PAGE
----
REVIEW: Smashed
REVIEW: Smashed

In the first few minutes of this short, sharp, shot of indie-movie magic, young married couple Kate (Mary Elizabeth Winstead) and Charlie (Aaron Paul) wake hungover after another night of hard drinking.

Kate has wet the bed again - the result of a weak bladder, she says. She downs a beer while taking a shower.

Quite clearly, writer/director James Ponsoldt knows how an alcoholic would treat a hangover - with a little maintenance drinking - before going off to work.

Just for good measure, he makes Kate take a shot from the hip flask in her car before going off to teach her Year One class.

As far as films about the battle with the bottle go, this Sundance Jury Prize winner sits somewhere between the boozy highs of The Hangover and woozy lows of 28 Days (where Sandra Bullock hits rehab).

But it's not one of those depressing warts-and-all looks at alcoholism. It's a hip, smart, modern take on a young woman's battle with the bottle. It's not preachy or moral in any way, even though it comes with all the booze-film cliches - drunken highs, ugly lows, trips to AA and run-ins with loved ones.

The fresh switch here is that our heroic souse is a smart, pretty, young woman. Unlike many films about alcoholism, Smashed depicts a young girl who's wise enough to admit she needs help, even if those admissions cause major upheavals.

Kate is a functioning alcoholic. But on this particular day, it gets the better of her and she throws up in front of her class.

"Mrs Hannah, are you pregnant," one precocious tyke asks.

"Yes," Kate replies out of desperation. Her principal (Megan Mullally) couldn't be happier for her. But the vice-principal (Nick Offerman) knows better. He's been there, done that, and invites her to one of his AA meetings.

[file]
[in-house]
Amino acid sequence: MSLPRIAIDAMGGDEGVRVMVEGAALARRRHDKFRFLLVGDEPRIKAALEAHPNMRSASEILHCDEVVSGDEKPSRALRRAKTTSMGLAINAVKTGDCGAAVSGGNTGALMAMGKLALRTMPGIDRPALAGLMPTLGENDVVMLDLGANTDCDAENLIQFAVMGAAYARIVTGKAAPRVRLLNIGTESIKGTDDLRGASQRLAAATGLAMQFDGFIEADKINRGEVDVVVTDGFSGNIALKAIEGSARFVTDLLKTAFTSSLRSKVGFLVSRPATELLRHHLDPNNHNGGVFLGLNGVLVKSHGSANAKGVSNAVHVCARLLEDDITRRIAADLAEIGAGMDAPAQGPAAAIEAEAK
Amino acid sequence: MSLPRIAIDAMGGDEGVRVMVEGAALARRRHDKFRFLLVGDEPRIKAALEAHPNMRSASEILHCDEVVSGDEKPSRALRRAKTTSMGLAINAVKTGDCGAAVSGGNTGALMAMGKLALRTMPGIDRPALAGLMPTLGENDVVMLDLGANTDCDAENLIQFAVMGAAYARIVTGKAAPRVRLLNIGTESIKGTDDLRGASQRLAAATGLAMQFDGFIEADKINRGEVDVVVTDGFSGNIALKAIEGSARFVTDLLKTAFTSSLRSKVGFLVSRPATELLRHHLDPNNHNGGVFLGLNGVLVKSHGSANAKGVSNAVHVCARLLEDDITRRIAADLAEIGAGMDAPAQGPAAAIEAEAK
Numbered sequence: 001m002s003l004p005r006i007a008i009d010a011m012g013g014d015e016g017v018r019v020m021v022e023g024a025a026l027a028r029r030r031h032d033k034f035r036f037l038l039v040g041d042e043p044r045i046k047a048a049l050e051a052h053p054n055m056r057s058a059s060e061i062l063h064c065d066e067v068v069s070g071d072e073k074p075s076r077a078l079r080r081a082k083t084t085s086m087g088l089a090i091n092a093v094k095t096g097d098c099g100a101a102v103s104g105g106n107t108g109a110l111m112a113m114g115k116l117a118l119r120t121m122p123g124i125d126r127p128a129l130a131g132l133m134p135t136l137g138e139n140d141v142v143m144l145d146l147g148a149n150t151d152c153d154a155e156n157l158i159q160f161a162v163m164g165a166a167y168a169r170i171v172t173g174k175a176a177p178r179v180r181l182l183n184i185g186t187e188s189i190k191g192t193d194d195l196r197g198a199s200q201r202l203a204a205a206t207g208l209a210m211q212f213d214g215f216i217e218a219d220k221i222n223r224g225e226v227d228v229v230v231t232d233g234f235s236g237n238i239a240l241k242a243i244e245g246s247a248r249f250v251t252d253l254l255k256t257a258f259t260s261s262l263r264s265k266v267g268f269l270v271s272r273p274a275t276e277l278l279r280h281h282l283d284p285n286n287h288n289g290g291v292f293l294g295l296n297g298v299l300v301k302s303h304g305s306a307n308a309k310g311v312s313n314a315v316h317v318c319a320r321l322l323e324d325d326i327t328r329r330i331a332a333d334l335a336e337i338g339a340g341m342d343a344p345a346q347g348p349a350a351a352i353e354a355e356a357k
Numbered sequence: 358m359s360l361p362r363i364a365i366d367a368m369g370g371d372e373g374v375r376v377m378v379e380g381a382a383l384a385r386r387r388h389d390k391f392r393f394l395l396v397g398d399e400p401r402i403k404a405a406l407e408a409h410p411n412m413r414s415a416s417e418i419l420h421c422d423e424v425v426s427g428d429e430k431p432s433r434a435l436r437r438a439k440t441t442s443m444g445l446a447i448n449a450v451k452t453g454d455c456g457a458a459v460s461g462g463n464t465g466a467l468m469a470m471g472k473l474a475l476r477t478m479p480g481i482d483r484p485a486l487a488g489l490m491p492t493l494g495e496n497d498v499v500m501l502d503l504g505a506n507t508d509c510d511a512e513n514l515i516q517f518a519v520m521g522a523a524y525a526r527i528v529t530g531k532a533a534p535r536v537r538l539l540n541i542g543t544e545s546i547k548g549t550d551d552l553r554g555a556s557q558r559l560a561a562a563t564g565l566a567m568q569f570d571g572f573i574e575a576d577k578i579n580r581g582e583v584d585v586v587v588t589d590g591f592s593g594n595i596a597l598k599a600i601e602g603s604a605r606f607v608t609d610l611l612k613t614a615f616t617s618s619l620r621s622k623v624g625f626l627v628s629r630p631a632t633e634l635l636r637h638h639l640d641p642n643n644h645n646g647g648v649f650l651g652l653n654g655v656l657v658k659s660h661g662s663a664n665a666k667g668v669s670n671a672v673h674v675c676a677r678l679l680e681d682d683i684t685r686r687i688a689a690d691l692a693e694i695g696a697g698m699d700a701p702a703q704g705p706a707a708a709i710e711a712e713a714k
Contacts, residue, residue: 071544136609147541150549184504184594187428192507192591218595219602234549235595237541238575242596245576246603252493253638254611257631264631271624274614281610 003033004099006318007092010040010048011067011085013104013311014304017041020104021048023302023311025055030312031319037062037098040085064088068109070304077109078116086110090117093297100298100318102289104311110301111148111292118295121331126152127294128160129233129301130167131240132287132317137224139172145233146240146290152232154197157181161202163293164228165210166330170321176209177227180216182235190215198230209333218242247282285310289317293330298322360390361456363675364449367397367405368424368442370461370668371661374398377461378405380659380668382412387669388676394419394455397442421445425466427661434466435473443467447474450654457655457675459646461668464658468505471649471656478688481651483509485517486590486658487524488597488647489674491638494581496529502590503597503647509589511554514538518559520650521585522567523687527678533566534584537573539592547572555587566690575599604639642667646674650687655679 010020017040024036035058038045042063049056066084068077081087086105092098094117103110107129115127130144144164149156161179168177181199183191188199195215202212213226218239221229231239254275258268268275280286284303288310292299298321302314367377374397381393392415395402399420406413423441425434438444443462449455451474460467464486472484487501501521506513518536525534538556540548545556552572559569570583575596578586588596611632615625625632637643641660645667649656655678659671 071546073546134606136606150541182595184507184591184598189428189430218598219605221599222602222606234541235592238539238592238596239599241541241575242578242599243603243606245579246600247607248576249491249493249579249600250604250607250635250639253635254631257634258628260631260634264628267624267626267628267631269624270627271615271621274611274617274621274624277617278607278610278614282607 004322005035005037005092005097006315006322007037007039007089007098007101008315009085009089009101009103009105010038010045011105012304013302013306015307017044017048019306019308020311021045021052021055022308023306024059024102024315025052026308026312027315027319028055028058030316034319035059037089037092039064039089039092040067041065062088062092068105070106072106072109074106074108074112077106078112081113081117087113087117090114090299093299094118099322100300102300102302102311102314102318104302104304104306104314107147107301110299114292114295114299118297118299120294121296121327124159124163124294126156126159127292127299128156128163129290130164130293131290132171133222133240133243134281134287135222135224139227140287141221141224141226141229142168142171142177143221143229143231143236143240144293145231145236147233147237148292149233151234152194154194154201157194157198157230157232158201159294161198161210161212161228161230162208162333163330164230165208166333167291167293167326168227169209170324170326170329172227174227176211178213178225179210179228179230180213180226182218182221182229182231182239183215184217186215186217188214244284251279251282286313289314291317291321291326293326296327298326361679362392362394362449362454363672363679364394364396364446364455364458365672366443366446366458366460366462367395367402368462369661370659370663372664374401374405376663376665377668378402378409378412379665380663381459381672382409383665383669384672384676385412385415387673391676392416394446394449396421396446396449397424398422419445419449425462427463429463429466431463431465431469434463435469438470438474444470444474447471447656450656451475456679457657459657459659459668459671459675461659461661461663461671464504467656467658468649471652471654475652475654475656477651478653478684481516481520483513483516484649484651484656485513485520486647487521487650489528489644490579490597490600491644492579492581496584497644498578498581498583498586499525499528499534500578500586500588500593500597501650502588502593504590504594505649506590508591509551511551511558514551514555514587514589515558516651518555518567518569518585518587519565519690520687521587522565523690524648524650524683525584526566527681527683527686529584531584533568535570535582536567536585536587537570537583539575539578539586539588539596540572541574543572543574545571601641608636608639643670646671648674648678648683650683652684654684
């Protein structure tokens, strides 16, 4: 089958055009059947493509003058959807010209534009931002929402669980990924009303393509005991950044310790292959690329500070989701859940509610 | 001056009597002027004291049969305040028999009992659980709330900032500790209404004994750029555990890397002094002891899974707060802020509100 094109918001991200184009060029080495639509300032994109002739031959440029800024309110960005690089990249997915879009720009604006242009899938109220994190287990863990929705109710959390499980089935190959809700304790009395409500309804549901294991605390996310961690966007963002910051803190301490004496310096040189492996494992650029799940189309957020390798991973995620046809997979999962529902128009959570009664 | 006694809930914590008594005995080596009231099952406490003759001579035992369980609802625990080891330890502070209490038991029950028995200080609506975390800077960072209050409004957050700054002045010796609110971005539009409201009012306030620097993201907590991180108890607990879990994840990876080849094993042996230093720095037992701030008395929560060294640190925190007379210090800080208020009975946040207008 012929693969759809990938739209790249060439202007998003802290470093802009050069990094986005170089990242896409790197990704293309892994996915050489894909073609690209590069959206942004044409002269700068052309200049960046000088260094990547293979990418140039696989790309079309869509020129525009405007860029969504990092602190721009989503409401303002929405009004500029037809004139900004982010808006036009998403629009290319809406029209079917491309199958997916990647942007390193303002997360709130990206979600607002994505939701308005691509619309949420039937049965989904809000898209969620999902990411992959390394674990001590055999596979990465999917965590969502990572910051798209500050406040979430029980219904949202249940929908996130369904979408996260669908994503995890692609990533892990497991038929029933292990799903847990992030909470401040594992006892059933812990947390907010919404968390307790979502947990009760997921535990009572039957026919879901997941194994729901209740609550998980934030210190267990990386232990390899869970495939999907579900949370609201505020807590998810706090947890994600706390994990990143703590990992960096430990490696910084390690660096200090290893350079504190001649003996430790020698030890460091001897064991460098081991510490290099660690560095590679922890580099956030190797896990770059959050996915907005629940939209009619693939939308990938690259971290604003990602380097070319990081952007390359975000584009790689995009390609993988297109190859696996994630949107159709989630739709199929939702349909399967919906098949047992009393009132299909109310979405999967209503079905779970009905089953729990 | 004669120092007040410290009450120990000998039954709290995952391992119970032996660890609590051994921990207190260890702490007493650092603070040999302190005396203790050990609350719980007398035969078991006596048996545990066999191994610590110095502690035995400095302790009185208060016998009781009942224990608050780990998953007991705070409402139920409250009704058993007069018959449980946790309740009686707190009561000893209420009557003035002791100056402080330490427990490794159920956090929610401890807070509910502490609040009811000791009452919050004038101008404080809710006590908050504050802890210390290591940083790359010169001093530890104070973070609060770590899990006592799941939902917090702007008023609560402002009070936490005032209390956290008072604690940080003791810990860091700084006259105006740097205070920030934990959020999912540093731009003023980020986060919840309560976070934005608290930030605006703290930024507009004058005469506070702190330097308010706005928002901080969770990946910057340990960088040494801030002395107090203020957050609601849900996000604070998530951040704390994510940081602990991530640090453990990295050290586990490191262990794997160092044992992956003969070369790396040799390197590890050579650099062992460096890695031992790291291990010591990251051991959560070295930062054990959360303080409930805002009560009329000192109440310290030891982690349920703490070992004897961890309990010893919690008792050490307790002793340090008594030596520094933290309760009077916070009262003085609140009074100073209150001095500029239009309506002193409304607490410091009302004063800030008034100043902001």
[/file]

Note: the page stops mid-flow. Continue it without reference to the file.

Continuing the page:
Kate's meeting with the principal and a visit to her estranged mother are turning points and big dramatic moments in the film.

Yet Ponsoldt never lets his film wallow in the miseries of addiction, Leaving Las Vegas style.

He balances Smashed with rich, weighty emotion and a light, frank, comic touch, and somehow makes the often-titanic struggle with addiction as rewarding for us as those who win the battle.

He couldn't have done it without Winstead's warm yet worn performance. Just as the recent PIAF film, Safety Not Guaranteed, gave rising star Aubrey Plaza (Parks and Recreation) her first big screen lead role, Smashed gives Winstead (Scott Pilgrim, The Thing) a meaty lead character and plenty of time to shine.

She makes us sympathise with - but never pity - Kate as she takes her first steps toward sobriety. It's a charming yet highly realistic performance.

It's also great to see other small-screen stars make the leap to the big time. Comic actress Mullally (Will and Grace) brings a rare sincerity to her authority-figure role. Offerman (who, like Plaza, delivers comic gold in Parks and Recreation) shows dramatic flare as Kate's painfully awkward admirer.

But watch out, most of all, for Emmy winner Paul (the drug-fiend from Breaking Bad). He's perfect as the permanently drunk rock from which Kate must smash her shackles.

It's quite a feat for a film to go so deep into the bottle without wallowing in depression. Smashed is that rare film that takes you on a boozy rollercoaster but doesn't leave your head spinning.


The West Australian

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